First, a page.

Singapore Scene

If I missed my self-imposed deadline to publish a post (Sundays) it’s because I just got back from a business trip to Singapore. Like many visitors to the city state I’m always in awe of its orderliness and, given the building construction that takes place wherever one looks, the crispness that new and gleaming condos or office buildings lend to its environs, much like newly-minted banknotes. To be honest my impressions are gleaned mostly from taxi rides from whatever hotel I’m staying in to whatever meeting venue I have to go to or on trips to and from Orchard Road (I particularly like Takashimaya to visit Kinokuniya, which has to be the best bookstore in Asia).  When time permits I venture out to Little India to eat at any of the family-owned restaurants that can be found there and then pass by Mustafa where, within its expansive but crowded confines, one can buy everything from camera batteries to intricate gold jewelry (and gold bars).

Singapore is a little ecosystem that, on the surface at least, strives to provide a little bit of everything to everyone, from the moneyed professional class that seems to be dominated by Chinese, to expat white-collar workers assigned to the many regional headquarters and banks that comprise this international financial center, to the huge pool of foreign labor that serve as nannies, construction workers, and sales and wait staff.  Notwithstanding the diversity that all these people bring Singapore can easily be segmented into two distinct groups:  those who can truly call it their home and those who are merely passing through.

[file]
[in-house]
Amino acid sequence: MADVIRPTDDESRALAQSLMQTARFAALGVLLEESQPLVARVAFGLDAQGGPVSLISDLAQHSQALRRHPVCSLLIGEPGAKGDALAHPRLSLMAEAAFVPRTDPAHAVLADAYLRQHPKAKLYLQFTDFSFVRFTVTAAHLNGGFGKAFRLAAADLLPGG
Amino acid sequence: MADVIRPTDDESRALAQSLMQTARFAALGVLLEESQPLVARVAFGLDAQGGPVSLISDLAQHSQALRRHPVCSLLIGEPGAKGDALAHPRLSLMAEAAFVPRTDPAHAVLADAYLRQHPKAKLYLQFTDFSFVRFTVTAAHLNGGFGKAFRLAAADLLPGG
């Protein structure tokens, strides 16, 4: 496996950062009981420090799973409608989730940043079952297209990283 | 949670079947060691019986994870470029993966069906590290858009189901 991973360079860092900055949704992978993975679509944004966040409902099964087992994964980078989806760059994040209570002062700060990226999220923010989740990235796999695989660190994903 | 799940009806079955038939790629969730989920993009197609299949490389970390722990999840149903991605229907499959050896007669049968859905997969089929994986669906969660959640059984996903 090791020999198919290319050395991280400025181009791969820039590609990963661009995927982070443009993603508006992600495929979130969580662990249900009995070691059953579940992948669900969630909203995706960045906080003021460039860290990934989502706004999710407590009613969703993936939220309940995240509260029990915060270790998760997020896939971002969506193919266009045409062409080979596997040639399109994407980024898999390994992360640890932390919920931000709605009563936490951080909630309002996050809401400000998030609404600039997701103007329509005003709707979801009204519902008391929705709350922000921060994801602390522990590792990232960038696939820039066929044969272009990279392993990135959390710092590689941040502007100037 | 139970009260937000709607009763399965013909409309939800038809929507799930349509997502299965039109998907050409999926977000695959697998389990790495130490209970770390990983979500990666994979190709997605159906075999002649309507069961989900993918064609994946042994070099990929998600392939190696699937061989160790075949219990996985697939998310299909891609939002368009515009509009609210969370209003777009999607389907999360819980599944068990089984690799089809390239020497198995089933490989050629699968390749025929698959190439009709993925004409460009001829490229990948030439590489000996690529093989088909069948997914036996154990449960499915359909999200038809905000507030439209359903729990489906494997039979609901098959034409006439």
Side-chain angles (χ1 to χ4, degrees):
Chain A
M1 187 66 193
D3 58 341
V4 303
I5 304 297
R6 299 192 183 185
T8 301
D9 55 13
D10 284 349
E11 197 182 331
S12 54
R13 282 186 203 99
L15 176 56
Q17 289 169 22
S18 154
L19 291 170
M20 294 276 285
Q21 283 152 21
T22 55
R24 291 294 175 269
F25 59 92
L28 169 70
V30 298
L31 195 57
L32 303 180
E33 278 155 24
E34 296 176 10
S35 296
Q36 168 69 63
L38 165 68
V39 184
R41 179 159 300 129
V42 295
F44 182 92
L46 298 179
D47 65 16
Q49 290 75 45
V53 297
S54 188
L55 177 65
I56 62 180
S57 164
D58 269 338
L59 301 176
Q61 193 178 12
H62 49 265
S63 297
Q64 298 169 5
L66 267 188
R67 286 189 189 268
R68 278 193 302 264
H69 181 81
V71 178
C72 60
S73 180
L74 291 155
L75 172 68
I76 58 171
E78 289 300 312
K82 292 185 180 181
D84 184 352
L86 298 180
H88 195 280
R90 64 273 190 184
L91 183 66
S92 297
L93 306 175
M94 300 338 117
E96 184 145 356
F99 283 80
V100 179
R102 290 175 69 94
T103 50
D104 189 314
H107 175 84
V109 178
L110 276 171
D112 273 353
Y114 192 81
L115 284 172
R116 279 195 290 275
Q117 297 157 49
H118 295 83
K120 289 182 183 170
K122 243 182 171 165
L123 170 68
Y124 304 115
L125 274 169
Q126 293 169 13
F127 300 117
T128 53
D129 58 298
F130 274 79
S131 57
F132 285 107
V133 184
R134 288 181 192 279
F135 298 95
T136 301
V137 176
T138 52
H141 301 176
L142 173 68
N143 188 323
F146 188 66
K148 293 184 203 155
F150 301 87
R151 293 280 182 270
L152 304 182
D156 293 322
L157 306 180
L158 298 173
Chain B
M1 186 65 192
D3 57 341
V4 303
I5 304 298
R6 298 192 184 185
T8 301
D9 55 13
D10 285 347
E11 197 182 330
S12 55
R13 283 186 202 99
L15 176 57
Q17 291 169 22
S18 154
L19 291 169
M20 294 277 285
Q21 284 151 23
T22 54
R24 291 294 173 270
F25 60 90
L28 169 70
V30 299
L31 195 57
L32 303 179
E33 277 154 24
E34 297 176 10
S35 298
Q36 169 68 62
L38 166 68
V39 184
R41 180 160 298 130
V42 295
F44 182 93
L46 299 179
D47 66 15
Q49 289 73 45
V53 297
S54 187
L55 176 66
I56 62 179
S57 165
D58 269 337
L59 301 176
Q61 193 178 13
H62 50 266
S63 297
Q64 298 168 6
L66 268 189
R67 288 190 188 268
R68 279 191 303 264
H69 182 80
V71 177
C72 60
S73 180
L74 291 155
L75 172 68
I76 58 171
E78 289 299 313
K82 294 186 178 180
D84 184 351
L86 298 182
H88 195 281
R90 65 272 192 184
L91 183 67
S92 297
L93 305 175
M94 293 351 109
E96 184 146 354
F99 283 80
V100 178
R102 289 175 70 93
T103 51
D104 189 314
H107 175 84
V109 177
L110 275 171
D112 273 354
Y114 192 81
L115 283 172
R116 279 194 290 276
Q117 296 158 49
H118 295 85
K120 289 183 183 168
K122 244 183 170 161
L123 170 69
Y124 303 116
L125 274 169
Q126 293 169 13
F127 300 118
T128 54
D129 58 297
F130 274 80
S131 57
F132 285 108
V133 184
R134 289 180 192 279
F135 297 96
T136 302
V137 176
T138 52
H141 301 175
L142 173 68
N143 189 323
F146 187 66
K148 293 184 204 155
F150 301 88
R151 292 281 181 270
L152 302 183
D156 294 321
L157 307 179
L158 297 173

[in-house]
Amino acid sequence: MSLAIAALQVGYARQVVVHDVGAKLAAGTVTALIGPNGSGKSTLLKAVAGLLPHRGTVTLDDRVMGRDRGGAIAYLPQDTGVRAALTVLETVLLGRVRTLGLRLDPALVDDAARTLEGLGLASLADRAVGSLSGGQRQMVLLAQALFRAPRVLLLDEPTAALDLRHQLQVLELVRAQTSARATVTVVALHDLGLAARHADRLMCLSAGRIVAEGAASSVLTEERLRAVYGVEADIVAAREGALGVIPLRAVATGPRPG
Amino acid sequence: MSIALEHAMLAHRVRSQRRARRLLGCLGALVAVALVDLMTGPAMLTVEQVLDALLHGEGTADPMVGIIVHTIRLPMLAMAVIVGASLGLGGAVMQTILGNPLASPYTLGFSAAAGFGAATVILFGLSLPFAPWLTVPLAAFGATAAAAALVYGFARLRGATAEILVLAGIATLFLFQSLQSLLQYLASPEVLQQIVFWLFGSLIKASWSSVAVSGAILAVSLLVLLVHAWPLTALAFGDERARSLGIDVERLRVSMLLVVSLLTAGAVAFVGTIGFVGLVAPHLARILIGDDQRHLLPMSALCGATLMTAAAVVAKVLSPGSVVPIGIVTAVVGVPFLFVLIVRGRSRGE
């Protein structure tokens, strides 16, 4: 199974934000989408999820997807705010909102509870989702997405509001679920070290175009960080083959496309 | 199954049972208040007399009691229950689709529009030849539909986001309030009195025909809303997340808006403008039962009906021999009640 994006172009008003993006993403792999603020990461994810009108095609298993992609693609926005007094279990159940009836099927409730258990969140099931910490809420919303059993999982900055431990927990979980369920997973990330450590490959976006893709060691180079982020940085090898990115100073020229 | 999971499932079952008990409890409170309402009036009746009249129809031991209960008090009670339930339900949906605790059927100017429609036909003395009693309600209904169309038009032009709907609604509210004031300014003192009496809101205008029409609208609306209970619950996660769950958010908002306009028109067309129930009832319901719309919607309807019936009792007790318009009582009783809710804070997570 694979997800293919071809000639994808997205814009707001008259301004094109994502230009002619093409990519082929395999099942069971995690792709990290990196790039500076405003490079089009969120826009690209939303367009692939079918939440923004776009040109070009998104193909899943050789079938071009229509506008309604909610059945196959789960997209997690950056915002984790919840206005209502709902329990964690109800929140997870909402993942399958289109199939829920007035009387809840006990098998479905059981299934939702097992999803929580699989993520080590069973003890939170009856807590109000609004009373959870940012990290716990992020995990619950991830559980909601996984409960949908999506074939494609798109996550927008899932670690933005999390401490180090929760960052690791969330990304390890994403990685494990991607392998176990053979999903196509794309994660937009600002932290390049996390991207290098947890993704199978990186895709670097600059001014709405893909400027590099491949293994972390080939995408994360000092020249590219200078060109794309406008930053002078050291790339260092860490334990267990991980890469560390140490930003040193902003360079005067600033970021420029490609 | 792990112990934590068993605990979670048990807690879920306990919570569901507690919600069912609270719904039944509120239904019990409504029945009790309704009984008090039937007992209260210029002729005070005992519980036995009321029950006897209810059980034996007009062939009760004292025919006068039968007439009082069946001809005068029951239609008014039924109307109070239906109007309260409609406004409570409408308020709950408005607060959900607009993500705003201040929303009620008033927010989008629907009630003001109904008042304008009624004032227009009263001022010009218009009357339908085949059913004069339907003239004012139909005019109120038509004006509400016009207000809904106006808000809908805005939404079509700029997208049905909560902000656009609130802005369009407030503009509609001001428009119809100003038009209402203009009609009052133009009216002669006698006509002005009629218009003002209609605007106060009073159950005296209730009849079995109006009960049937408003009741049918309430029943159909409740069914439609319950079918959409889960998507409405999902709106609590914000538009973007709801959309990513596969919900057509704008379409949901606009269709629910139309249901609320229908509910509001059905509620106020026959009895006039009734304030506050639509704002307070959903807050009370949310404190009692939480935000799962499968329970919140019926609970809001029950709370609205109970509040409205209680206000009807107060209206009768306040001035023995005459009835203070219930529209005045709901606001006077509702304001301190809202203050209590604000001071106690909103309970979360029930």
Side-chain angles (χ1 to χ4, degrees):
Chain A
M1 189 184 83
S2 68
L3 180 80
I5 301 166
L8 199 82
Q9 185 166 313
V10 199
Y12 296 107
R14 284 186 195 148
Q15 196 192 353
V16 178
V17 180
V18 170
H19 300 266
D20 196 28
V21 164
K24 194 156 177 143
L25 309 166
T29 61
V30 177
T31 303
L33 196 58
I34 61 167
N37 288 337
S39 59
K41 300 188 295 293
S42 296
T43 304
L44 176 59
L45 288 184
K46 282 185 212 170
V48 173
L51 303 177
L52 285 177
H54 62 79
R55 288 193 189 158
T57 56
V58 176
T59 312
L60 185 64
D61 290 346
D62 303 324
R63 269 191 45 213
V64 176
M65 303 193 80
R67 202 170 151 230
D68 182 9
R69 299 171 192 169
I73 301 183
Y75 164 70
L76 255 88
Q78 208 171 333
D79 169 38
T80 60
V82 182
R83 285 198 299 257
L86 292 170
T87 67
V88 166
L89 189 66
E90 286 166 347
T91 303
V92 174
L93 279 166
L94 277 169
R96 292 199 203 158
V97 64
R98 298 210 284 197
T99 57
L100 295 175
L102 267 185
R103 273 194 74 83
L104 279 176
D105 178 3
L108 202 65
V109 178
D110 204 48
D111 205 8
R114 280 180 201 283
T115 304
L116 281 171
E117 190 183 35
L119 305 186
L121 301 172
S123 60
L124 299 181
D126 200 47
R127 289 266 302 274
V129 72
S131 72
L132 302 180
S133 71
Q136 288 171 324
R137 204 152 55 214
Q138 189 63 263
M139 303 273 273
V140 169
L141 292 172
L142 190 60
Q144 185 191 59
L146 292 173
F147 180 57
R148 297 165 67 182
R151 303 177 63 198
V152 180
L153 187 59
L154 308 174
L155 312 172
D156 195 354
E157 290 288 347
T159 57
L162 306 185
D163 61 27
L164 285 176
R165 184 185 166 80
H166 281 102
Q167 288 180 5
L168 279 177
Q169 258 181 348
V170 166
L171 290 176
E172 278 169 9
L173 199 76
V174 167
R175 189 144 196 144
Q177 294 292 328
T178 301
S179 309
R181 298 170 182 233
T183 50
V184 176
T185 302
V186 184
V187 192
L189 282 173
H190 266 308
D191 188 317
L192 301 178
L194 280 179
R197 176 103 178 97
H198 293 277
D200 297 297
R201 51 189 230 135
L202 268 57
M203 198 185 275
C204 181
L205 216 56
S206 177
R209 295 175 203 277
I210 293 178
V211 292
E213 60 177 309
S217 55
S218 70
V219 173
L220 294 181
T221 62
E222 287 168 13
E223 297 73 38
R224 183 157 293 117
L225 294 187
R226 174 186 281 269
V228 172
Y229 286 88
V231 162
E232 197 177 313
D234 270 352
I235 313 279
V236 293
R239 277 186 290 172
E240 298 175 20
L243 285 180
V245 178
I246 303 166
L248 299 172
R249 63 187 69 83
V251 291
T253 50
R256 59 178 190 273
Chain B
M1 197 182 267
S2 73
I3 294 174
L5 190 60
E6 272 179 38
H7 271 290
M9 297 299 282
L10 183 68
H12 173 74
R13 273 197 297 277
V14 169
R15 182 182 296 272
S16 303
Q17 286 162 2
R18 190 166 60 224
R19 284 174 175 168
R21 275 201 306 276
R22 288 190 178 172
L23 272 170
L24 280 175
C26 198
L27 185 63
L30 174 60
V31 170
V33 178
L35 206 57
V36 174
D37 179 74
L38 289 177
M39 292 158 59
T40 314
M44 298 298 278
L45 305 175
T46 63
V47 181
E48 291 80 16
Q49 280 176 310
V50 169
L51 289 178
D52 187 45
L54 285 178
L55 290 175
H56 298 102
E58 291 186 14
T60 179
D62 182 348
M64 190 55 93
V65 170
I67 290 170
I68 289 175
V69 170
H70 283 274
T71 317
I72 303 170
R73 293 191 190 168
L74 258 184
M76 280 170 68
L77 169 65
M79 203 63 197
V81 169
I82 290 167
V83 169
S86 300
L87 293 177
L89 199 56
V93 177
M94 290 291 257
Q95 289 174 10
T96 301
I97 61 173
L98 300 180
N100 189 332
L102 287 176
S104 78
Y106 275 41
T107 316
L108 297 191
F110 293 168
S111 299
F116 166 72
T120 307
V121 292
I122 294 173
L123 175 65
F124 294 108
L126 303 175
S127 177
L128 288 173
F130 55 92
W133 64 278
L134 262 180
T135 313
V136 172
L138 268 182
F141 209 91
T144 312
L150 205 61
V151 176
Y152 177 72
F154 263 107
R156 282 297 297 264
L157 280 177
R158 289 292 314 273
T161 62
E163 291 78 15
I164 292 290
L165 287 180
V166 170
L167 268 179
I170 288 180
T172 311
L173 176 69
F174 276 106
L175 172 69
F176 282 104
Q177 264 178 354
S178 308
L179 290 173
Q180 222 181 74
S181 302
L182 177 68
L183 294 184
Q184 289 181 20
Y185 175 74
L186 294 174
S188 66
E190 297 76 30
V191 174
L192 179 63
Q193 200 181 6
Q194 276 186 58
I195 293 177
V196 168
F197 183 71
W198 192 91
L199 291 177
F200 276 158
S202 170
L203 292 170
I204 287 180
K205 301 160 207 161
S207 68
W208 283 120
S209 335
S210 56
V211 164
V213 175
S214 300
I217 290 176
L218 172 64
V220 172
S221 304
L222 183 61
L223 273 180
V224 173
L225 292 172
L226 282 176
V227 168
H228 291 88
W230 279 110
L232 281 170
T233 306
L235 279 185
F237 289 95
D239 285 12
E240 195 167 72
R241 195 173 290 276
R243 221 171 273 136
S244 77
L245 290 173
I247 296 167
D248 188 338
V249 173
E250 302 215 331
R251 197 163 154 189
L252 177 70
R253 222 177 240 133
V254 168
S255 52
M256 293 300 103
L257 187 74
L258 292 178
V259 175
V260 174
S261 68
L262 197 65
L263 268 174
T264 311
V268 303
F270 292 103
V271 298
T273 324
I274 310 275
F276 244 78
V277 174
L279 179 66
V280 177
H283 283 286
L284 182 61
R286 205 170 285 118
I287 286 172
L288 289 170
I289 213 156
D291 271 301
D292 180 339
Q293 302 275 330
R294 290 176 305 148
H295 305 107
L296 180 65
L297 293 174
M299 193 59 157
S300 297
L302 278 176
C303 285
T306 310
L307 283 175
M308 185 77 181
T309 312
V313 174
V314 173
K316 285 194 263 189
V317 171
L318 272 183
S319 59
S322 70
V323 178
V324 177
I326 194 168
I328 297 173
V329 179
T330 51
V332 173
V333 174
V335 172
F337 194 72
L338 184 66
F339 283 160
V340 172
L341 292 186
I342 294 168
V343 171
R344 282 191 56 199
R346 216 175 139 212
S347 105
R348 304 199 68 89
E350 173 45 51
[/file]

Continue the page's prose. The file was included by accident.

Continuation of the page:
This balance of the permanent and the temporary, not to mention the affluence of many of its residents and the international money flowing through its commercial veins, combine to make Singapore a natural pan-Asian center of the arts.  Singapore authorities have worked hard to project Singapore’s multi-racial makeup onto the arts scene and, taking their cue from this, private galleries have mushroomed that sell the works of young and talented artists from all over Asia.  Talented Filipino artists have reaped the benefits of the Singapore market and have found a much wider and wealthier audience than their predecessors, so much so that when a gallery owner in the Philippines tells me that this or that artist will soon be holding an exhibit in Singapore I feel that what they’re really saying is, “buy now or you won’t be able to afford his/her work in the future”.  They could be right.